Broker Jeffrey Kerr of Re/Max Unique in Toronto has put his lockdown time to good use – he has just finished writing the second edition of his book, Barrier Free Real Estate: Achieving Freedom At Home.
Kerr, who has been a Realtor for 21 years and specializes in helping clients buy and sell barrier-free, accessible houses and condominiums, shares his knowledge and expertise so other agents can help their clients, and clients can help themselves. Being armed with knowledge and knowing what to look for is half the battle, he says.
The book outlines everything from a chapter titled The Big Picture to the smallest details that help the search for an accessible home or condo go more smoothly. It also tells readers how to assess their current space to see if modifications can be made so they can age in place, or to find a home that can be modified to suit their needs now and in years to come, says Kerr. He obtained his real estate license in 1999, became a broker in 2007 and has his Senior Real Estate Specialist and Accredited Senior Agent designations. He is also a regular columnist for Spinal Cord Injury Ontario.
“Eighty-five per cent of Canadians over 55 want to age in place, staying in their homes longer,” he says. It was a trend occurring before the pandemic, but has jumped to the top of the list, making his book even more timely.
“The pandemic has given us new realities – physically distancing and self-isolating, and people will start to re-think their current and future living arrangements. Aging in place will become a very attractive option for many going forward.
“Once concerns around COVID-19 in long-term care homes (became an issue) lots of people began re-evaluating their future housing. People want a safe space to live and isolate,” he says.
Kerr’s 154-page book presents information in a thorough and logical manner, beginning with a forward by David Onley, lieutenant governor of Ontario from 2007 to 2014. Kerr met Onley on several occasions and reached out to request he write the forward. After seeing an early copy, Kerr says Onley got back to him immediately, praising the book and calling it “brilliant.”
It will be included in the Politics of Disability course that Onley teaches at the University of Toronto.
The book is the “single most important resource a disabled person can acquire before venturing into the often daunting world of finding accessible housing,” Onley says.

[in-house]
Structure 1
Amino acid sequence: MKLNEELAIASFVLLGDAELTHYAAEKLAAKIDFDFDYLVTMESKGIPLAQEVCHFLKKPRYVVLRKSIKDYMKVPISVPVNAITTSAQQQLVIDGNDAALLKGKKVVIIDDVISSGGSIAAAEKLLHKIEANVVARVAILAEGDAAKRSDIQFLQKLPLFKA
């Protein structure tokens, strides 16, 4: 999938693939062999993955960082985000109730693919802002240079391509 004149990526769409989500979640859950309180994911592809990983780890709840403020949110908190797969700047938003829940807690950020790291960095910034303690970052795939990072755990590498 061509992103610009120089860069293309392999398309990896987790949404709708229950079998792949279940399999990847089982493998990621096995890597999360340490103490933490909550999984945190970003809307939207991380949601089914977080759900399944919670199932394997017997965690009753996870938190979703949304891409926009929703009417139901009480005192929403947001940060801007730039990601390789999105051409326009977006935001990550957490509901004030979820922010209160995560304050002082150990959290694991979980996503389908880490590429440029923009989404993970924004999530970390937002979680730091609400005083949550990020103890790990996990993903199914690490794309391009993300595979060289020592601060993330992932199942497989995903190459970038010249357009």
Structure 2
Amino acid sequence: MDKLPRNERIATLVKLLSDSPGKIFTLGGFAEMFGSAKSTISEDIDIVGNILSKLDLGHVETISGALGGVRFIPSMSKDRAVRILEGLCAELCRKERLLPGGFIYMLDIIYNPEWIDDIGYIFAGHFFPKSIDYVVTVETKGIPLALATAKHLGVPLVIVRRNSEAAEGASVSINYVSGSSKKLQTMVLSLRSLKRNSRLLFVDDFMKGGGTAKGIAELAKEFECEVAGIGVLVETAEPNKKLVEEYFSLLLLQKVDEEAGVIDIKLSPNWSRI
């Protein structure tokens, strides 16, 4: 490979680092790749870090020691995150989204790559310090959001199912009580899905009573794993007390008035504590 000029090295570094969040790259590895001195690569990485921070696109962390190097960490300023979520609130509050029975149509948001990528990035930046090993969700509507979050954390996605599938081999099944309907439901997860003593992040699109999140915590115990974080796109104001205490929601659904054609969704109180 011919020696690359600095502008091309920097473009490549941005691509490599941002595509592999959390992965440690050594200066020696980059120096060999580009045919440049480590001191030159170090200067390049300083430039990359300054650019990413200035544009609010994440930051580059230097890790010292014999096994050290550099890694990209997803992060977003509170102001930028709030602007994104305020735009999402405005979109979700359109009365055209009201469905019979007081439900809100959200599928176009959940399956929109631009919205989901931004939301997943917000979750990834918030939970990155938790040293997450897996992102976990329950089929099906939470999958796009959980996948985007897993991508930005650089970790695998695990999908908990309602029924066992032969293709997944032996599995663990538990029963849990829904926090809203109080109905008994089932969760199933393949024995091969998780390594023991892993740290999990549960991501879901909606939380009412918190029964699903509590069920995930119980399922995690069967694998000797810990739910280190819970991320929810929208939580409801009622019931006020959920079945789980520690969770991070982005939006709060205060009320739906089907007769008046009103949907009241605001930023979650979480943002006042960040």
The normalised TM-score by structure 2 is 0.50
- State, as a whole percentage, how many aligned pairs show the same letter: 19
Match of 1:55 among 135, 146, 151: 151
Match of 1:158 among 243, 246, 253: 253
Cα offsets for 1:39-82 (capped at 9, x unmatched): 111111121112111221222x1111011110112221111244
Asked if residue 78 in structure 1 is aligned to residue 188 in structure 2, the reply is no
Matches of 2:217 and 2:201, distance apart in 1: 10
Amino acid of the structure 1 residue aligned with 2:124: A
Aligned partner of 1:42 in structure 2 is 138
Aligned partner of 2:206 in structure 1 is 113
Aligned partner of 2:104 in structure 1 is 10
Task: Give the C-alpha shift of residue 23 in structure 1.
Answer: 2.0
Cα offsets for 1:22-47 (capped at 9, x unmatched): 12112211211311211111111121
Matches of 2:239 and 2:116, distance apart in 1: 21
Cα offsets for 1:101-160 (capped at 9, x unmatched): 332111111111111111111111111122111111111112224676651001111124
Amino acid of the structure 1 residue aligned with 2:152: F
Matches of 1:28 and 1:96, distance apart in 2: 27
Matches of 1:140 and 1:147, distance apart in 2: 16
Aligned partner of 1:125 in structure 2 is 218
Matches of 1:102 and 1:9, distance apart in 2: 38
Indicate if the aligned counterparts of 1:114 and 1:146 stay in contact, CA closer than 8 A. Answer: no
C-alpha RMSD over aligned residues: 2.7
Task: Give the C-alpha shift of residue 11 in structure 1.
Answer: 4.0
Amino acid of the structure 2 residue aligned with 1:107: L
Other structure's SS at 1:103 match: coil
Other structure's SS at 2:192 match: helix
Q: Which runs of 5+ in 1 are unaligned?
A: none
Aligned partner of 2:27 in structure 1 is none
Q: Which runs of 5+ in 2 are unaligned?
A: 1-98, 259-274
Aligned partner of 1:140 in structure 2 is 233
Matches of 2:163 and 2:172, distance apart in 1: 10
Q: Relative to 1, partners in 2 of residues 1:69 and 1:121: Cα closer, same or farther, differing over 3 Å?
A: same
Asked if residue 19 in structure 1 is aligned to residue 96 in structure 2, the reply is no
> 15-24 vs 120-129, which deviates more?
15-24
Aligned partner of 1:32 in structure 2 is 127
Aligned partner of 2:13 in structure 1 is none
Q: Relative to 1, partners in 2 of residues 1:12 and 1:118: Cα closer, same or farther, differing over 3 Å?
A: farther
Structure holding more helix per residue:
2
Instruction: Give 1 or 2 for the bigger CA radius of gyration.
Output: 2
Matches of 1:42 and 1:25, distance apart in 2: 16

Chapters include what to look for (or include) in a kitchen and bathroom to make it accessible. “It’s like taking a tour of an accessible home,” Kerr says.
“The pandemic has demonstrated the value and importance of having a safe and comfortable home you can live, work and thrive in. This is especially true for the over six million Canadians who have a disability and for the 23 per cent of Canadians who will be over the age of 65 by the year 2030. If you or someone you know is included in one of these categories, then this book is written for you,” Kerr says in the book.
Another chapter discusses the importance of the occupational therapist, who is an invaluable source for what the buyer’s needs are now and what they may be in five to 10 years in order for it to be their forever home.
Kerr also talks about The Accessibility Design Program by The Daniels Corporation. “They’re way ahead of the curve with accessible condos.”
His clients, who bought preconstruction in 2017, are slated for occupancy late this year and into 2021. Once people can see what the suites look like (they’re not institutional at all) there’s bound to be an uptick in interest, he says.
Downsizers who are thinking of moving into a condo can be thoughtful about what they’re buying now so they won’t have to move to find accessible accommodation.
The book also includes details about the Canadian Home Builders’ Association’s Home Modification Council, which it says supports many aspects of aging in place for Canada’s seniors and persons with disabilities and their caregivers. The council’s offerings include home modification training for renovators.
Kerr knew his first book, published in 2016, needed to be updated, but he could never find the time. The COVID-19 lockdown provided the perfect opportunity.
Barrier Free Real Estate: Achieving Freedom At Home is an invaluable resource for agents, as well as a great client gift. Kerr is also an invaluable resource for agents. He welcomes calls for advice and information. Visit his website or call him at 416-424-2222.
Connie Adair is a contributing writer for REM.